Cameron Diaz plays June Havens, a nice, no-nonsense Boston girl — she restores vintage cars for a living and from what I can tell lives in East Boston — who meets Roy on a homebound flight that quickly turns into a neatly choreographed action-movie parody, the agent dispatching a plane full of baddies while June’s in the bathroom, hyperventilating after flirting with him across the aisle. The sequence sets the stakes for “Knight and Day’’ — things happen much too quickly for us normals to take in, there will be casualties, we’re not meant to take them seriously, and whatever happens, Tom’s on top of it.
Roy is a federal agent protecting the film’s twin MacGuffins — a perpetual energy source no bigger than a battery and the doofus young scientist who invented it (Paul Dano with weedy facial hair) — from a team of rogue agents led by Fitzgerald (Peter Sarsgaard, who doesn’t look at all happy to be here). June is collateral baggage forced to come along for the ride after she and Roy meet cute while landing that plane in a cornfield. Believability is not this movie’s strong suit, but fledgling screenwriter Patrick O’Neill and director James Mangold (“Walk the Line,’’ “3:10 to Yuma’’) work like crazy to keep you from caring.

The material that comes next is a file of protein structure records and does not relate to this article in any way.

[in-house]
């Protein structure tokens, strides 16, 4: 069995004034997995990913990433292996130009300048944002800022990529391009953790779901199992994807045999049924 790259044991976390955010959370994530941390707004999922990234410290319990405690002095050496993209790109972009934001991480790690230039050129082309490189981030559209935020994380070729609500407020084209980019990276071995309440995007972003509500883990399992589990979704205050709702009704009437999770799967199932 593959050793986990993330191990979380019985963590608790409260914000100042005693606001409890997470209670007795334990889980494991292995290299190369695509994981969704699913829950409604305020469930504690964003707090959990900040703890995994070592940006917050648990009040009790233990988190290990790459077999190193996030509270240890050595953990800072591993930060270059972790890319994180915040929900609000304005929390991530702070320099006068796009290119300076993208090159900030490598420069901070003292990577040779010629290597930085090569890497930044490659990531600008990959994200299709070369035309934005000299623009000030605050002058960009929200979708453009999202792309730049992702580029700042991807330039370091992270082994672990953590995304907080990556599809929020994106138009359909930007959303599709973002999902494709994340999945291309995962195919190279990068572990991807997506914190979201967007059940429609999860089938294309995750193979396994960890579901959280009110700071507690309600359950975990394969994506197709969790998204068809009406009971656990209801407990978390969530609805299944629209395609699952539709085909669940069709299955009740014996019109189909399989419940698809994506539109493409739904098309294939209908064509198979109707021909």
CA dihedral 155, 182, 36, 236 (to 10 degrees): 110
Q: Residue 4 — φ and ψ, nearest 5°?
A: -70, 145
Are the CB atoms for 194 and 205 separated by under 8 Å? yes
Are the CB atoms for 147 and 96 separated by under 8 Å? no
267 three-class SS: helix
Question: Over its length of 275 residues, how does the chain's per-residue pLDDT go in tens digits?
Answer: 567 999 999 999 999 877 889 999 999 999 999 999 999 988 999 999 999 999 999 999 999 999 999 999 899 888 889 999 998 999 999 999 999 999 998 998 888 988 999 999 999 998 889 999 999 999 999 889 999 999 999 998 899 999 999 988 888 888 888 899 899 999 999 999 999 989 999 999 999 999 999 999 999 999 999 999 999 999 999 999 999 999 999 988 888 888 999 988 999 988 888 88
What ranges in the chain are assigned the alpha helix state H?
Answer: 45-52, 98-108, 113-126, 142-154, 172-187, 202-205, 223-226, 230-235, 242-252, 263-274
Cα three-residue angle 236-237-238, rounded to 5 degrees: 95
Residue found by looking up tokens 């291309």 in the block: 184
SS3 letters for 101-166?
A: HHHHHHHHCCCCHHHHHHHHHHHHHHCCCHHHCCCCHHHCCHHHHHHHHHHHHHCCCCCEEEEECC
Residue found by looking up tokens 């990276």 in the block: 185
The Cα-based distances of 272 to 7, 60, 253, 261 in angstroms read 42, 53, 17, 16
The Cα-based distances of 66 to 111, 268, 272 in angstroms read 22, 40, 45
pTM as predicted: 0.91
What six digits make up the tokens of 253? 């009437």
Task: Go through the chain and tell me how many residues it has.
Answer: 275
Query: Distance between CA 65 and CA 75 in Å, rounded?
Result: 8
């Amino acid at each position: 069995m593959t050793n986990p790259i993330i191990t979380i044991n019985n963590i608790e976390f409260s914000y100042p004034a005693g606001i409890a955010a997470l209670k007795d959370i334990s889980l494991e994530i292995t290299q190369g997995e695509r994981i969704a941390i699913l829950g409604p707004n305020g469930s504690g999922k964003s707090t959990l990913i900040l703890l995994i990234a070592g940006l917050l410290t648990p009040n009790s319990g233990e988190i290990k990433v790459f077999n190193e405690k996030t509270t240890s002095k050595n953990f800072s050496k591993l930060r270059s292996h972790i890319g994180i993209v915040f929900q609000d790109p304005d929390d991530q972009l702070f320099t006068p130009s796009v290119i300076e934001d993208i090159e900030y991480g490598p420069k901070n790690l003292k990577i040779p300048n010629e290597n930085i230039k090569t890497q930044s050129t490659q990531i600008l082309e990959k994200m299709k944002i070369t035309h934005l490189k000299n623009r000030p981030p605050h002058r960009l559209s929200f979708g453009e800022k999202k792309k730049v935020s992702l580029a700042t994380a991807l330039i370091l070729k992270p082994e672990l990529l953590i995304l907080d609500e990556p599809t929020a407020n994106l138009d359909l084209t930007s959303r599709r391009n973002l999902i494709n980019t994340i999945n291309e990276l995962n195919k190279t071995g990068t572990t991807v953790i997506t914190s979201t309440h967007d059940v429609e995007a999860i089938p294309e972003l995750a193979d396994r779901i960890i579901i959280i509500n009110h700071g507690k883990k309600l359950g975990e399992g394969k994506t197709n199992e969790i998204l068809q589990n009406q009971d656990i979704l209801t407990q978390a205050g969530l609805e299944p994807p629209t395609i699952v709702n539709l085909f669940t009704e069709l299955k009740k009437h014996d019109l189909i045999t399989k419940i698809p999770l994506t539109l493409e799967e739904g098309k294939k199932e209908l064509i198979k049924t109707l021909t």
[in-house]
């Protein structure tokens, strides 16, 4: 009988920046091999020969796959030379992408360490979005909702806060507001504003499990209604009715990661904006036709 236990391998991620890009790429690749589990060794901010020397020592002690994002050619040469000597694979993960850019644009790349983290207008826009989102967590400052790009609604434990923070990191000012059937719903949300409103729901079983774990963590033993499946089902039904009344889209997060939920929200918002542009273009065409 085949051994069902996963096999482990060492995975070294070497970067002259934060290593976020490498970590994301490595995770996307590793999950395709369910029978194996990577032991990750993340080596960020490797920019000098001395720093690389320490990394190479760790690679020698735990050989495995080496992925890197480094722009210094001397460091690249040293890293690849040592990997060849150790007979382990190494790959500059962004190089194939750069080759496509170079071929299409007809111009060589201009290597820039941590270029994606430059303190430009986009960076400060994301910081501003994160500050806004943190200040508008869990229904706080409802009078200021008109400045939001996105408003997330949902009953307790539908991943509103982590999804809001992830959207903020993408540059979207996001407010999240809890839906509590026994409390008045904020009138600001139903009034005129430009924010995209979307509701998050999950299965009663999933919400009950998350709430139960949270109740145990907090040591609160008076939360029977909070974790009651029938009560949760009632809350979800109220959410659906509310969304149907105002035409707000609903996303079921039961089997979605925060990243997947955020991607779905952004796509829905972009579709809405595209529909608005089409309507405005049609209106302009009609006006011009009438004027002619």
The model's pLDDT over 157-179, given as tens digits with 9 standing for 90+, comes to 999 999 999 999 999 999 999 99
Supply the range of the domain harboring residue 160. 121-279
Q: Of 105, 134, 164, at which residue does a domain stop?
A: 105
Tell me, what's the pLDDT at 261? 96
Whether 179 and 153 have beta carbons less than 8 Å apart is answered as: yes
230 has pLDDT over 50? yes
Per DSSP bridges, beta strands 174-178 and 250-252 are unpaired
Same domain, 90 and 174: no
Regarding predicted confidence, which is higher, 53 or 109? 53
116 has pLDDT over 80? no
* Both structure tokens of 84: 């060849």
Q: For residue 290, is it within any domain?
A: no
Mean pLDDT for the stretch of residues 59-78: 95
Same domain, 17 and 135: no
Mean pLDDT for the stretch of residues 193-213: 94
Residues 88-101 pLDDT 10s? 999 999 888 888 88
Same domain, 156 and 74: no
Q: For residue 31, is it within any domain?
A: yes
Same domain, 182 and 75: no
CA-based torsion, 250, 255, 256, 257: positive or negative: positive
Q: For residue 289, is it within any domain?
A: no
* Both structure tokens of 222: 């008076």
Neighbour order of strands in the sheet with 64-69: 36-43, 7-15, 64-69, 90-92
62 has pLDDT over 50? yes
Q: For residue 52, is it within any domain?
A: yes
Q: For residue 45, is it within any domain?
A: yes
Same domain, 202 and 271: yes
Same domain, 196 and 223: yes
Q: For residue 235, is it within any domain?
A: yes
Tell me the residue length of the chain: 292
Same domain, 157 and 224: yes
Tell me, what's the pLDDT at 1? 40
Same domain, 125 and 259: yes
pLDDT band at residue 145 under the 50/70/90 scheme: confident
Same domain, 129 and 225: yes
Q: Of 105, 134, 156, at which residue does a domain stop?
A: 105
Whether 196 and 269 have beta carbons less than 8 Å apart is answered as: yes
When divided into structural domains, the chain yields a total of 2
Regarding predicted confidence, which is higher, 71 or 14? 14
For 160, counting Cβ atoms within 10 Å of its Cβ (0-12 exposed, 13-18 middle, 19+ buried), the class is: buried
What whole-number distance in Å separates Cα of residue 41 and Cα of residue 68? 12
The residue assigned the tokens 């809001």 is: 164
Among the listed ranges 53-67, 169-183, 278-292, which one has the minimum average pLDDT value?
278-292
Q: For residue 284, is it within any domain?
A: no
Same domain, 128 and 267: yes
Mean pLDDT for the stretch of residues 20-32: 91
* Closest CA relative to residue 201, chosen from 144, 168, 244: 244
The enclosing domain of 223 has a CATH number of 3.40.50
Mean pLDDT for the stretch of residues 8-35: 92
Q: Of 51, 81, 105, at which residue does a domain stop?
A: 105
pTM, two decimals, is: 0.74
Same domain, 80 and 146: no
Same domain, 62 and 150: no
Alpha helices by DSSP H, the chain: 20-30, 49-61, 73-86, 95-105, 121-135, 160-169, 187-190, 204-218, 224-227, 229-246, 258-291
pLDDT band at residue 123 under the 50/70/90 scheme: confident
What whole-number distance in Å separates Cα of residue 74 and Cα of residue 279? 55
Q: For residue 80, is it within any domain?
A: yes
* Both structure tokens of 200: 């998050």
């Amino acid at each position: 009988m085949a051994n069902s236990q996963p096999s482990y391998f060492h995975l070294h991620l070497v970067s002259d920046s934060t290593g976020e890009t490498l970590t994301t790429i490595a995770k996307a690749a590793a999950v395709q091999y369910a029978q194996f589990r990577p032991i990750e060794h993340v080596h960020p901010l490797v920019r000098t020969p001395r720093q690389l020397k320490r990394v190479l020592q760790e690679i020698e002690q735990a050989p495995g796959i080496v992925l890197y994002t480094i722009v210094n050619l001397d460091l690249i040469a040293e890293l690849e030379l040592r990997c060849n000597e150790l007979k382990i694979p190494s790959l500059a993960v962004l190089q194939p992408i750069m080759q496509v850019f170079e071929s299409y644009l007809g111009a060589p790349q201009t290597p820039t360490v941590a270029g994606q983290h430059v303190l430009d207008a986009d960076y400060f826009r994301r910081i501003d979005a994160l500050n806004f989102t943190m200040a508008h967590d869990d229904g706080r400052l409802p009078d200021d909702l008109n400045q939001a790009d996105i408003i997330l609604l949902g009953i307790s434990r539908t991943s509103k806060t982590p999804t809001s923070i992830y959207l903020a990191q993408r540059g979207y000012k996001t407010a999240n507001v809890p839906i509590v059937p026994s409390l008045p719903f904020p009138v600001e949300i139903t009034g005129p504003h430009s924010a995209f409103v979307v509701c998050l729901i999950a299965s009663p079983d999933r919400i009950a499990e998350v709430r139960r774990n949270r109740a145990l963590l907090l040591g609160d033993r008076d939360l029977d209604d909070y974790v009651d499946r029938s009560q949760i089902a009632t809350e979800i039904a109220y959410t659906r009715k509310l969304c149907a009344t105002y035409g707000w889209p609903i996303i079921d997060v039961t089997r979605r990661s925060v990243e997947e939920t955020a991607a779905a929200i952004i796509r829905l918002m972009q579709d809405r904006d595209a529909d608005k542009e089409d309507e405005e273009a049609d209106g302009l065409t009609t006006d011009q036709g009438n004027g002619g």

So we’ve got “Romancing the Stone’’ with spies instead of treasure hunters, “Charade’’ with ADD; it’s diverting while you’re watching it and completely forgettable afterward. This is one of Diaz’s better recent roles, though, and it plays to the actress’ strengths of likable comic anxiety and breezy romantic intrigue. It takes awhile, but June gives as good as she gets. One of the movie’s crueler running jokes is that Roy keeps giving her knockout drops to carry her out of the plot’s tighter fixes, and through the haze, she and we catch brief glimpses of absurdly baroque action sequences that hop from plane to parachute to desert island. By the end, June’s not quite Mrs. Smith to his Mr., but she’s enough of an equal to turn the tables in satisfying fashion.